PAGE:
Examen for Young Children

Maggie sent this to be posted as something to consider for nurturing our children’s spiritual lives. I hope you find it interesting!

~Annemarie

Examen for Young Children and Their Parents in the Home

by Michael Gibson, of Mullica Hill Monthly Meeting (Quakers),Philadelphia Yearly Meeting, Friends General Conference

Children have deep spiritual lives, but may not have adequate vocabulary or tools for expressing them.  There are numerous ways parents can help, including the regular use of examen, a variation of which will be described here.  Examen is an Ignatian (Jesuit) daily examination of conscience and reflection on the movements of the Spirit. Parents can nourish themselves and their families by practicing this discipline with their young children at bedtime, perhaps holding them in bed while doing so. Asking “wonderings” instead of pointed questions can help greatly to build trust (all answers are respected), to provide safety in sharing (there are no “wrong” answers), and to nurture children’s natural capacity for wonder.  I recommend keeping the wonderings open-ended and asking the same wonderings each night.  Children may quickly grow accustomed to, and fond of, this time of intimate sharing with their parents. Through this practice, children and parents gain skills in reflecting on their own experience and can learn from each other’s spiritual lives in age appropriate ways.  As the children mature, more wonderings can be added as feels appropriate, or each person can enter more deeply into the same wonderings.

Below is a suggested format using wonderings inspired by those used in Godly Play® stories.  With very young children you might want to use only two or three of these. Experimentation will let you know whether this model needs any adaptation for your particular family situation.

I wonder what you like best about today.  [Child and parent(s) respond simply.]

I wonder what is most important to you about today.  [Again, after the child responds, the parent responds briefly and simply.]

I wonder if there was any part of the day we could leave out and still have all the day we needed.   [Parent and child might respond back and forth.  It is surprising how many things children sometimes share in response.  Someone was stung by a bee.  The cat got stuck up a tree. A parent burned the oatmeal.  Someone was very rude.]

Depending on the age of the child and how the wondering is going, the parent(s) might add: I wonder if there was anything about today that you want to keep in your heart and remember.  [The parent also shares in response.]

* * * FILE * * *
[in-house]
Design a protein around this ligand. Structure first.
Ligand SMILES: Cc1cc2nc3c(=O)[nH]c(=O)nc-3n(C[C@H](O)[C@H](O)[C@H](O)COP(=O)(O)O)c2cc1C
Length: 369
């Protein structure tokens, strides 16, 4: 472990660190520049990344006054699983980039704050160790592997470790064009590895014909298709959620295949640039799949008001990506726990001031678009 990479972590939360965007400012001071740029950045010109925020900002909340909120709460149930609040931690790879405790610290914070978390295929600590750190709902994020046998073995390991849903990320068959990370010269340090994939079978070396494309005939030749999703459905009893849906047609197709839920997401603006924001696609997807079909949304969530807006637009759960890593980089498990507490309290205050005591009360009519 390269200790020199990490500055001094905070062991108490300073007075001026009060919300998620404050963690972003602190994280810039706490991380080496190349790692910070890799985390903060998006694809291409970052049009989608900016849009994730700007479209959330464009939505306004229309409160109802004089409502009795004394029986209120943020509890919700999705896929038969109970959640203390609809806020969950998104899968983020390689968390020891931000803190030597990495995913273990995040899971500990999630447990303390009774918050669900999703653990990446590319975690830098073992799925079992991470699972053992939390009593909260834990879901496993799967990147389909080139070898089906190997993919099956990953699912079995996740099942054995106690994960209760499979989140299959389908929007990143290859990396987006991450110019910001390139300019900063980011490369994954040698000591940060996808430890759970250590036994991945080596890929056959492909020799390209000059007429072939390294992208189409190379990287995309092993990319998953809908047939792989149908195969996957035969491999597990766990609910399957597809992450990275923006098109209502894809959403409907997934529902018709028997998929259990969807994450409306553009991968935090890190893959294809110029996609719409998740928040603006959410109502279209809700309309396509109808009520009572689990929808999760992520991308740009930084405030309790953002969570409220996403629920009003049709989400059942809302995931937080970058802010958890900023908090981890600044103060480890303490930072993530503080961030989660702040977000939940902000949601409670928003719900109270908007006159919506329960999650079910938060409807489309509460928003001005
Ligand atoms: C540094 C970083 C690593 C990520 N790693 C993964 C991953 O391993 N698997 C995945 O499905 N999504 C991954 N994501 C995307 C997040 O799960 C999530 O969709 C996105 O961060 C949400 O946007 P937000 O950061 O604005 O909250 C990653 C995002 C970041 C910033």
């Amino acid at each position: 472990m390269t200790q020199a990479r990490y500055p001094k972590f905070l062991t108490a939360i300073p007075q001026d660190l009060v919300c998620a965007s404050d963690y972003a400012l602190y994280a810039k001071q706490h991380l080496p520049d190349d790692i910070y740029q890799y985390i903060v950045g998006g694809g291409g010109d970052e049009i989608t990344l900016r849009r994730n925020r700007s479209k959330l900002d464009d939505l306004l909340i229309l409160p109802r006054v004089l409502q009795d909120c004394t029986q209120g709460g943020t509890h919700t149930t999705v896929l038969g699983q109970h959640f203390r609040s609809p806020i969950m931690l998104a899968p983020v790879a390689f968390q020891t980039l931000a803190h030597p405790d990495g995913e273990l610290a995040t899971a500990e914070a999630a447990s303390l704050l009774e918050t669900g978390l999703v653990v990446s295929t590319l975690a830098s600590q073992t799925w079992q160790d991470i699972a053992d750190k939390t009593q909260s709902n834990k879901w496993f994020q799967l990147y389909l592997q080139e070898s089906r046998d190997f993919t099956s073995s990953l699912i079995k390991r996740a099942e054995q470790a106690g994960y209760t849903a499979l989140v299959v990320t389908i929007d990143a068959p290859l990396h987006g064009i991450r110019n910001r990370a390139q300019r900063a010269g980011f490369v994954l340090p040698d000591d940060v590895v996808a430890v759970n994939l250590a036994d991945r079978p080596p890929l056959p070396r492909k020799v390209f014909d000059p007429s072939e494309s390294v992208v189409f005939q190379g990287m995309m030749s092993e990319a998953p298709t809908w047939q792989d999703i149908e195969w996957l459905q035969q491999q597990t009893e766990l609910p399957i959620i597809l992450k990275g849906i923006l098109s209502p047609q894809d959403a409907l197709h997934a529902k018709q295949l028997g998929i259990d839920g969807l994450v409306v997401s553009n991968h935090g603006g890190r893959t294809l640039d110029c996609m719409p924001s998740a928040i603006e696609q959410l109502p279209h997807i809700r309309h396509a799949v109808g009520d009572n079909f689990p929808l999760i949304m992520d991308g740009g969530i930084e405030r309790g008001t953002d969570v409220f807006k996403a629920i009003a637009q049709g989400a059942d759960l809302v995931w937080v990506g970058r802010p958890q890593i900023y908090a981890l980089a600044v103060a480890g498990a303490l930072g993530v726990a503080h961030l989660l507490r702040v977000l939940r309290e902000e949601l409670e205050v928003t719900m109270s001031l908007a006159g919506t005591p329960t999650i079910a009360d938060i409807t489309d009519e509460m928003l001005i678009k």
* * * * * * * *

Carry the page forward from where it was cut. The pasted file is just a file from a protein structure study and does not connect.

Wonder one or more of these:
I wonder where God was in your day.
I wonder if (and when) you felt God today.
I wonder how you listened for God today.
[Naturally, it is extremely helpful for the parent to also respond to the wondering.]
I wonder if there is anything we might say to God about today.  [The prayers that follow might be spoken, unspoken, or both.]

Depending on the age of the child, the energy level, and the mood of the moment, the parent(s) might consider adding a period of silent prayer. Don’t be afraid of silence!  Children are often able to be more contemplative than we think.  Initially, it is helpful to give the child something go do in the silence, such as feel and listen to her breath, listen to all the little sounds in the silence that we don’t usually notice, or simply enjoy God.  The child might even suggest something for all to do in the silence.  The parent or the child may decide on the length of the silence.  End with a hug or a good-night kiss.
_______________________

Parents can do a variation on this exercise with their children when they come home from school instead of before bed, if this works better.  When a parent asks a child, “what did you do at school today,” the response is likely to be “oh, nothing.”   However, asking more specific, yet open-ended, questions in a spirit of wide-eyed wonder and play often yields expressive results that are rewarding for both parent and child.  Some open-ended wondering questions are offered below.  One is wise not to skip the first one listed, for doing so can very easily make the wondering sound like a test, which is not helpful!  Depending on the age of the child, it may also be wise to limit the sharing session to three or four wondering questions.
I wonder what you liked best about today (or about school today).
I wonder what was most important about your day.
I wonder if there was any part of the day you could leave out and still have all the day you needed.
I wonder if there was anything you discovered about yourself today.
I wonder where God was in your day.

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